Why is there a rural labor shortage?
Well, cities remain very popular.
It could be the culture, the streetside cafes, the latest production of Othello or the chance the Uber eats will arrive before the food gets cold that attracts them, but people want to live in cities.
Realistically it’s the jobs.
Or at least the perception of both availability and higher quality of paid work compared to options in rural areas.
This move to the cities is global and kicked off with the industrial revolution in the 1800s that mechanised agriculture and made intensive farming productive but also made it easier for people to make a living in the factories and service sectors in towns and cities.
Proportionately and in absolute numbers, this is a dramatic switch from predominantly rural to a significant majority of urban dwellers. It has taken 150 years, and the projections have this trend continue to 2050 and beyond. By then, seven out of ten people will be urban dwellers, many of them in infrastructure yet to be built.
Here is the trajectory of this shift in the US.
The historical reversal in the proportion of urban and rural dwellers in the United States is almost two sides of a coin.
Agriculture made this shift possible. The hardy rural folk whose offspring make their way into town grow food so efficiently that there is enough food production from intensive agriculture to support billions of people who do not produce their own. More strictly, it is the hardy rural folk supported by a vast energy subsidy in the form of machines powered by oil and fertilisers made in factories.
The chicken or the egg
Add the land area of Denmark, the Netherlands and Switzerland together and you get 126,794 km2. Now nip down to Australia, where the average farm stretches beyond the horizon. Here we find the ten largest farms are cattle properties, each roughly 1.2 million ha in size, and together cover 126,000 km2.
Not all Australian farms are vast, but this one statistic of the farm size says a lot about farming in the great southern land. It is very hard to make a living off a small land area. Here are another couple of numbers from those ten largest farms. They are home to roughly 340,000 head of cattle and fewer than 200 permanent staff.
These vast properties are productive with very little human activity thanks to helicopters, light planes, trucks and quad bikes, and free-ranging cattle, who mostly get on with life under their own devices.
The energy needed to do the heavy lifting in modern farms larger than a few hectares comes from fossil fuels. Machines harvest, process, lift, transport and lift again. Machines plough, till and spray.
The cities pull the young rural folk with bright lights and opportunities, but machines take up the slack in the rural areas. Industrial-scale farming—the 6 million farms greater than 50 ha in size that make up 1% of all farms yet operate more than 70% of the world’s farmland—needs less and less labour as intensification progresses. Tireless machines, rarely cranky, have taken over the work done by men and horses and can do the work of a thousand humans.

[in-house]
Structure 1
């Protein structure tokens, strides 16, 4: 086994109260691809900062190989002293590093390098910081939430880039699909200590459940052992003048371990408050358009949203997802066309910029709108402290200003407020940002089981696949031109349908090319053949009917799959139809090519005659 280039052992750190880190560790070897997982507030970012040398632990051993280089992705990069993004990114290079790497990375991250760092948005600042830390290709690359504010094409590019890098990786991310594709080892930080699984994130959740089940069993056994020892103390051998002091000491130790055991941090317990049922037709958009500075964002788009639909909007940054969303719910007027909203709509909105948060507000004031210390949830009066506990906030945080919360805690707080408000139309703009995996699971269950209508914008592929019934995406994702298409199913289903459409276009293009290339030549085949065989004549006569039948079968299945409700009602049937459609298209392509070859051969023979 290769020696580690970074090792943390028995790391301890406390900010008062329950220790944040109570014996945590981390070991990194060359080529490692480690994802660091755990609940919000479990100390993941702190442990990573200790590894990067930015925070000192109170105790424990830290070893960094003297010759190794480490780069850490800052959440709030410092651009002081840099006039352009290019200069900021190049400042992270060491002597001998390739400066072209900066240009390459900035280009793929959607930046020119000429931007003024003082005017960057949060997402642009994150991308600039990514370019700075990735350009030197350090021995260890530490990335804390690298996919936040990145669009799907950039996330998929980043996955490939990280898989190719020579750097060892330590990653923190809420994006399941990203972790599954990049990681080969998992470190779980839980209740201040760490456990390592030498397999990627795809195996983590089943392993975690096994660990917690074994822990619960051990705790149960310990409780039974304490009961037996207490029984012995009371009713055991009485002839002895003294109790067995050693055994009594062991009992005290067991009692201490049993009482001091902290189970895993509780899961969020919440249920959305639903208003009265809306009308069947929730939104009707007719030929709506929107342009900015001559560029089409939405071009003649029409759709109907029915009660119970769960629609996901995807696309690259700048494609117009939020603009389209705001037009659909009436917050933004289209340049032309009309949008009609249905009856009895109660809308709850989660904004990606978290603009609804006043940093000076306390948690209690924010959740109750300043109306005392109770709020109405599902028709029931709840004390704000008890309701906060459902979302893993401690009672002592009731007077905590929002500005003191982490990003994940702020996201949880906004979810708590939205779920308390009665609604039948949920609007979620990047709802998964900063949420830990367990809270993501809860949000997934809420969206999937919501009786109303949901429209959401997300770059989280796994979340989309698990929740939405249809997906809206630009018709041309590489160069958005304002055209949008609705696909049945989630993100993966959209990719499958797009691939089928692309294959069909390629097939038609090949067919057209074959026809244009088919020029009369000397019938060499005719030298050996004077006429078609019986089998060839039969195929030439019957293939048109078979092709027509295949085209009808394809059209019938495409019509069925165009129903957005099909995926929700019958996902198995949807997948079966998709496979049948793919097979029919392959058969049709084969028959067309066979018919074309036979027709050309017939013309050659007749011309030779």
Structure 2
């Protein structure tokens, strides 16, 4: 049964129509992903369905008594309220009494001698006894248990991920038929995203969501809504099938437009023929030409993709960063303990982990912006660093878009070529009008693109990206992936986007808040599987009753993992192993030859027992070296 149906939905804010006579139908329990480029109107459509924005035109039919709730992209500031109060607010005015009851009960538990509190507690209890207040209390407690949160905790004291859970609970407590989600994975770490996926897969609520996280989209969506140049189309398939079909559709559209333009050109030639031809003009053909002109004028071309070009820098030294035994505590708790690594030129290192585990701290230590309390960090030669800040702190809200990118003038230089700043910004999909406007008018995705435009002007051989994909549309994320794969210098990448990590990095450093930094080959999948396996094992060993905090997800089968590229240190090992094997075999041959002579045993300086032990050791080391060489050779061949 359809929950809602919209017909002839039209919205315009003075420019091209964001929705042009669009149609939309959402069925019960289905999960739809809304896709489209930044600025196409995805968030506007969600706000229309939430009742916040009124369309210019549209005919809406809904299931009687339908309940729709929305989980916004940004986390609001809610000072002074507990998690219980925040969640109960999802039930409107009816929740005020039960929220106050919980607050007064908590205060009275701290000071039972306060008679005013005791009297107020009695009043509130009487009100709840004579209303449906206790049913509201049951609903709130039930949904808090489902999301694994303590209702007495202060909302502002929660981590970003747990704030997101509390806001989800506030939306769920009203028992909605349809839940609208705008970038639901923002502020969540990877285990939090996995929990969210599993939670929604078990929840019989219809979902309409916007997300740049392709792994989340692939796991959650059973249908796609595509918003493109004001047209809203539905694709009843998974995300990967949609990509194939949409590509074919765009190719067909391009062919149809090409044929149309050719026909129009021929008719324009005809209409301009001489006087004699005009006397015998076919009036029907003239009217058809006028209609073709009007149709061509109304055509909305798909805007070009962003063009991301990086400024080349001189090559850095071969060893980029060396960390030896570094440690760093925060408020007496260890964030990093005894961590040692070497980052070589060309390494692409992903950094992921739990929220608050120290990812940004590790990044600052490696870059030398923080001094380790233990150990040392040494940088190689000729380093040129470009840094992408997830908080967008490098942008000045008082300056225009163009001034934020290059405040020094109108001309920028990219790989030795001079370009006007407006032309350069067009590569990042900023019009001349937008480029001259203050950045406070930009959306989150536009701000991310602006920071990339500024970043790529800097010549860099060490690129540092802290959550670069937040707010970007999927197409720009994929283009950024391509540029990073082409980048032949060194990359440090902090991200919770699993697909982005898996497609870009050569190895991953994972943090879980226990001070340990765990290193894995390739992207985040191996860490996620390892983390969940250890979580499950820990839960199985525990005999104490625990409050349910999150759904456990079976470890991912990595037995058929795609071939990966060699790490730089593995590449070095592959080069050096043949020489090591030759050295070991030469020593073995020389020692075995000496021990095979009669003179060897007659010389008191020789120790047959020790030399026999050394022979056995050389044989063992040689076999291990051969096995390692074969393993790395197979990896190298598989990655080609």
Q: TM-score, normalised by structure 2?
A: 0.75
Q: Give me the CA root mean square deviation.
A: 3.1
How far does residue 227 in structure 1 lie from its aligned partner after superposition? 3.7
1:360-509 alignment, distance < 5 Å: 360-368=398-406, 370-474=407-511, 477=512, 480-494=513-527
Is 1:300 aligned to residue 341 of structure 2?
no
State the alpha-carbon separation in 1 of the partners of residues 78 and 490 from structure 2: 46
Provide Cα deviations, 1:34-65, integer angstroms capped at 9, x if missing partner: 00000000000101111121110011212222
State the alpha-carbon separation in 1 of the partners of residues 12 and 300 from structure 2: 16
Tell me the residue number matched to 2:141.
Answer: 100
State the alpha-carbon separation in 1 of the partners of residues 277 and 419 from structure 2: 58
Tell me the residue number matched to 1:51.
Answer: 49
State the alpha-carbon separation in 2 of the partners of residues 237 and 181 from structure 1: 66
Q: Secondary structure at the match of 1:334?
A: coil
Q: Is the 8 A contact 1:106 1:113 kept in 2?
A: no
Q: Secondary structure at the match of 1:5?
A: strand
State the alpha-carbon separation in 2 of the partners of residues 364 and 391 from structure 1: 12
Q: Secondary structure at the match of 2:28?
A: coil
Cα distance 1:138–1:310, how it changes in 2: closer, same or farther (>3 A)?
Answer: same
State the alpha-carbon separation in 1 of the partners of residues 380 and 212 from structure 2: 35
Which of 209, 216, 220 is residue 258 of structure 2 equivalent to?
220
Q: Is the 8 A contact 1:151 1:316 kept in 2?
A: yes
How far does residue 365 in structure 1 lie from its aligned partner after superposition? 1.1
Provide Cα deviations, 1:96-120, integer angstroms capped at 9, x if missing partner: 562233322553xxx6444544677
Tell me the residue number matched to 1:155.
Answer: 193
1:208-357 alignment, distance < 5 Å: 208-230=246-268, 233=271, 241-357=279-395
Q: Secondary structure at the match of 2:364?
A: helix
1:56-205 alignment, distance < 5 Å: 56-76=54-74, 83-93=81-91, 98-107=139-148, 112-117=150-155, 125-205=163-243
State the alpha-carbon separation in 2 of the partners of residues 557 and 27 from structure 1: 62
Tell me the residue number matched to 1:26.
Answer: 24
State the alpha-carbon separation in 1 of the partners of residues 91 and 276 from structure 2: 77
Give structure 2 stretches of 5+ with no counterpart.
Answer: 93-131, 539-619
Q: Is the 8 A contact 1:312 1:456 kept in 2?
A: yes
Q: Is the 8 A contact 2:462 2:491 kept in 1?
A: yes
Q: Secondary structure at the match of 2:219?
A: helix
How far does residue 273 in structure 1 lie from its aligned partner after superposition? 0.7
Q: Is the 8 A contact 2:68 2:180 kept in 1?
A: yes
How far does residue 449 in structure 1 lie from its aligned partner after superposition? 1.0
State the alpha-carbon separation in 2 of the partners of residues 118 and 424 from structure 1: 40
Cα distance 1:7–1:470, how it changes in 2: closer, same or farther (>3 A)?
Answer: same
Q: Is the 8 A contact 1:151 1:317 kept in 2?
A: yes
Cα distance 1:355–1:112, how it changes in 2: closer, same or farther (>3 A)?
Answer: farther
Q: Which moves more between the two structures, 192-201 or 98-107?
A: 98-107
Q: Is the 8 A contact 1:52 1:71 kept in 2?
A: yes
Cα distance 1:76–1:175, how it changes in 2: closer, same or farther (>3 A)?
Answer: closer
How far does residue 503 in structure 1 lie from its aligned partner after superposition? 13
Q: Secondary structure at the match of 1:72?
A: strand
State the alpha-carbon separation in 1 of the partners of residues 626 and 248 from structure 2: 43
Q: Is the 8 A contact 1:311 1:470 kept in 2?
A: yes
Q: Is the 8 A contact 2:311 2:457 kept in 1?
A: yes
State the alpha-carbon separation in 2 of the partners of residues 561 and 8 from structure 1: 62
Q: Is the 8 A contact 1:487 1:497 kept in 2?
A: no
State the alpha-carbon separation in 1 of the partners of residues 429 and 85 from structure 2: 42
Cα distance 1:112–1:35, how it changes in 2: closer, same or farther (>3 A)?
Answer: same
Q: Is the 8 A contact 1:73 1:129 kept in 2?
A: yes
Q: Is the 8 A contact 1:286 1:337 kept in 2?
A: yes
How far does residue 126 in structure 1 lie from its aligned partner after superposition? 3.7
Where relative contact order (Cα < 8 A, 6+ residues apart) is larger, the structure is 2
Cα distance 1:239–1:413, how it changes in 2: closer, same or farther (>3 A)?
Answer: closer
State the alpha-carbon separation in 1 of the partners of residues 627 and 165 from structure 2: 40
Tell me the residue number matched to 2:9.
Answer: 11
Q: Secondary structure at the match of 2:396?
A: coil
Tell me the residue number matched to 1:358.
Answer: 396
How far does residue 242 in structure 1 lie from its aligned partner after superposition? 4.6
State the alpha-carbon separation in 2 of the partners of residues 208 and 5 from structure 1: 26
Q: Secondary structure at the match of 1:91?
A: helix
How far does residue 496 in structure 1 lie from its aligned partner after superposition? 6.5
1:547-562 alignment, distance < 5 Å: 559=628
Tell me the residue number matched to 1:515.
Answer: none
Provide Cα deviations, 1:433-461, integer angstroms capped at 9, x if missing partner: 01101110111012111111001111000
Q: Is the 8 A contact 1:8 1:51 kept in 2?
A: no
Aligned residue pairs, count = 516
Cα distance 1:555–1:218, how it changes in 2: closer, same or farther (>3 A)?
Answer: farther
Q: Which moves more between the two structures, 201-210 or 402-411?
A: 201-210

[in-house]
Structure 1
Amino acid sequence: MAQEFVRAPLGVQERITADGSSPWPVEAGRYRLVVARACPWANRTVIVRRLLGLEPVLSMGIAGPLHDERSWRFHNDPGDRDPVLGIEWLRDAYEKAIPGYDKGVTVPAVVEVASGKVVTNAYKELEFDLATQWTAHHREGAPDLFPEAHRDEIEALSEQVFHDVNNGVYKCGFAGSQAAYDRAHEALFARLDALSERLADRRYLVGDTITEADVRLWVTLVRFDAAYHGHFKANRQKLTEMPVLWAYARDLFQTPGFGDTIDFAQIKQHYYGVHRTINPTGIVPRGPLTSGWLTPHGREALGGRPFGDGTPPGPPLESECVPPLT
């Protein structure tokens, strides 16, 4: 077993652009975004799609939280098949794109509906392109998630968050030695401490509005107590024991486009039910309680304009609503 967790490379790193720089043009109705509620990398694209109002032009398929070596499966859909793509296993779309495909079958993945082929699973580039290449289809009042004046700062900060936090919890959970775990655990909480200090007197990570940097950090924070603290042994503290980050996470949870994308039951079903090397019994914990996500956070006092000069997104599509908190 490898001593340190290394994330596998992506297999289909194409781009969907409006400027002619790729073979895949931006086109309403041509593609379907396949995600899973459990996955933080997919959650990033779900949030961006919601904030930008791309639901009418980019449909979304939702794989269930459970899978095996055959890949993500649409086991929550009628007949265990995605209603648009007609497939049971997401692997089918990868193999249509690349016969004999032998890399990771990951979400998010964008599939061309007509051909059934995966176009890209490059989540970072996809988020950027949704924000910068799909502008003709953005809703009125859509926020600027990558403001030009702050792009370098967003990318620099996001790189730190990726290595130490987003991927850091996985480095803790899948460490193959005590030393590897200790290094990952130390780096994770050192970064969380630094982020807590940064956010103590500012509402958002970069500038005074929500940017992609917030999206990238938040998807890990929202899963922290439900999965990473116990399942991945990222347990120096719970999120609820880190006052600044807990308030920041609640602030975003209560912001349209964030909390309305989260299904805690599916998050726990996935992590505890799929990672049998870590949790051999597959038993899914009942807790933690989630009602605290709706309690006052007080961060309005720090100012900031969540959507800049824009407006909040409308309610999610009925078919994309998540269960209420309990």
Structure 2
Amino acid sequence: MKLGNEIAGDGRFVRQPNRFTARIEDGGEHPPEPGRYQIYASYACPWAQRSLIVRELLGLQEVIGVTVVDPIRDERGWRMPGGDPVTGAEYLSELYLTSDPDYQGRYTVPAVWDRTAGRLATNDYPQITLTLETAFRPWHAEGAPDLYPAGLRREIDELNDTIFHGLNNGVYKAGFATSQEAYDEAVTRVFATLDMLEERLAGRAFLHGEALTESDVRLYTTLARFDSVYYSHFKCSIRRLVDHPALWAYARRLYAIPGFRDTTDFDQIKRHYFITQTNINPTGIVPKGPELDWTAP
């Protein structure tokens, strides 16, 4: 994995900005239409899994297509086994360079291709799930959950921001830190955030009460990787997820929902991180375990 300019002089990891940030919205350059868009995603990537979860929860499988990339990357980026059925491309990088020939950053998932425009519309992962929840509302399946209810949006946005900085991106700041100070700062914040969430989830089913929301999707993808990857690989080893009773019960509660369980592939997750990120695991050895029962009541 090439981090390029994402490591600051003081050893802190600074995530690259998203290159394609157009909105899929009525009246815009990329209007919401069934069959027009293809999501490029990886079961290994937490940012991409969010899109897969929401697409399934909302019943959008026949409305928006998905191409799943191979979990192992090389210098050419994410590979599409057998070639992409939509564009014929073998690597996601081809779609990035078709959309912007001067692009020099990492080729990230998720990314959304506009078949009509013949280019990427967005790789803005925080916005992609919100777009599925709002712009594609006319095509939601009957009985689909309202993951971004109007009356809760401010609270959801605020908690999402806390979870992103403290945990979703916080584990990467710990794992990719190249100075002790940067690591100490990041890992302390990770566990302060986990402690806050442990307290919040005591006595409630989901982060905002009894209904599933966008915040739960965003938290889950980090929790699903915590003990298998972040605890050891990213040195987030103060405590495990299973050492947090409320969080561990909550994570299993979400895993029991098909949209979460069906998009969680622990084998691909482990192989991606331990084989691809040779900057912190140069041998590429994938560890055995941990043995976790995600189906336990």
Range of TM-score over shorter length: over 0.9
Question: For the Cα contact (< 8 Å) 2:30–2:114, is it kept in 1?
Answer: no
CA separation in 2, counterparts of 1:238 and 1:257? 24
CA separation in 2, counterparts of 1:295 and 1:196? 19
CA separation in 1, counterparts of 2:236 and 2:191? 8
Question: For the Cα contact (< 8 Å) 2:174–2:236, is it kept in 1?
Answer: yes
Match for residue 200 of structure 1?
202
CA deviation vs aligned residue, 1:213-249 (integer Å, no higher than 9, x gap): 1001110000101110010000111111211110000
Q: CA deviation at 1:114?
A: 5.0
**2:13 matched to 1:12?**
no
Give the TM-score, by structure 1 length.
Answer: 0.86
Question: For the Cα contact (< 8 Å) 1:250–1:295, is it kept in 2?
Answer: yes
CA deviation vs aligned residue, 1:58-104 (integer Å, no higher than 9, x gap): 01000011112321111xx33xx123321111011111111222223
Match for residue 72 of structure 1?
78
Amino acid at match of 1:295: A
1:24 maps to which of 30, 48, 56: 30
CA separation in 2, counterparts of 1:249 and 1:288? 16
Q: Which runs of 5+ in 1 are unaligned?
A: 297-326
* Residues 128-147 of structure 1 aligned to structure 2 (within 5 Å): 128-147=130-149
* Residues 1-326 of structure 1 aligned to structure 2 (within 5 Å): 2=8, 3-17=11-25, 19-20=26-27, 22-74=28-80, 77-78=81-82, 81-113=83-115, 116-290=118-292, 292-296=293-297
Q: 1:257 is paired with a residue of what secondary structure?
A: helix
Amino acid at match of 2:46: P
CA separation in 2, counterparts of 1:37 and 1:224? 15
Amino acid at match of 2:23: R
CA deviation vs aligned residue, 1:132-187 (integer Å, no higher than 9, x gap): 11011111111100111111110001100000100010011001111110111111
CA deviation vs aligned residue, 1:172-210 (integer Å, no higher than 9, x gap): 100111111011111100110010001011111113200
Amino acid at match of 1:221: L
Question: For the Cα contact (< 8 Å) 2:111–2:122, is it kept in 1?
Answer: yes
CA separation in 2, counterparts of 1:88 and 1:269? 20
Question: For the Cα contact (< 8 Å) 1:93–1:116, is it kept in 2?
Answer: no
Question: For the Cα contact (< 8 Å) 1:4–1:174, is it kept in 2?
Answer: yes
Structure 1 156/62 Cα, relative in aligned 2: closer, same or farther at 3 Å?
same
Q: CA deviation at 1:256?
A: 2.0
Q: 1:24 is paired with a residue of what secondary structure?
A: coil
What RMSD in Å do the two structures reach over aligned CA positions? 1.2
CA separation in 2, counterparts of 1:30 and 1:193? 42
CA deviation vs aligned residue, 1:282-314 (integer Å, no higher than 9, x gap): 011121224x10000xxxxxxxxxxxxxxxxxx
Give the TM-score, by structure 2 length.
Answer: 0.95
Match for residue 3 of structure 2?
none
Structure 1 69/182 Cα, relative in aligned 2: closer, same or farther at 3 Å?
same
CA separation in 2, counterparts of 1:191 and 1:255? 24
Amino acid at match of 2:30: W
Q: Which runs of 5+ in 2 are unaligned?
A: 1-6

It is unclear what came first; the pull of the bright lights or the push of the job losses from the tasks not done by an automated bailer.
What is clear is that the number of people living and working in rural areas is declining in many parts of the world, with no sign of intensification slowing as more sophisticated automation and robotics emerge.
Couple a precision drone with AI algorithms to recognise weeds, and it could spot a weed from a thousand yards, deliver a precise shot of herbicide and learn when to go back and check if another dose is needed.
Humans can’t do this on their own.
Rural labor shortage
The irony is that not all production systems are mechanised and there may not be enough farmers to keep the production going especially art crucial times of the year such as harvest or when livestock are managed.
The UN Food and Agriculture Organisation suggested a shortfall of 1 million farmworkers across Europe during the pandemic year of 2020.
China’s farmers are short of rural labor, especially at harvest time, even though there are 425 million agricultural workers from 200 million farming households. But a decade ago, there were 700 million farmers.
About 35% of China’s labour force is in agriculture, compared to 2.5% in the US and 2.6% in Australia.
It is easy to blame the poor wages and conditions for a rural labor shortage. Workers see opportunities in the city as the chance to earn good money from work that doesn’t break their back. They have done this since the start of the industrial revolution when factories emerged and cities acquired sanitation, housing and mass transport.
Here is how rural reporter and author Gabrielle Chan sums it up.
Depending on who you believe, either the farmers are paying awful wages and conditions or Australians are lazy and won’t work outside.Gabrielle Chan, Guardian Australia’s rural and regional editor
There has to be a rural workforce to generate the cheap, all-year-round food that the urban dwellers demand. Not every task in food production is a job for an automated tractor or by drones or robots. Many, especially at harvest, are still most effectively done by hand or a hand guiding a machine. The challenge is that this workforce is in decline worldwide.
A lifestyle solution to the rural labor shortage
A simple solution is to encourage people to live on the land. COVID-19 lockdowns taught many that working from home is possible. Maybe working from home on a farm could encourage some people away from the cities.
Only these lifestylers and home workers don’t harvest crops. Nor are they likely to restore and rehabilitate the land and the vegetation on it. These tasks are a consequence of the 150 years plus of agricultural practice and are necessary for another 150+ years of food production.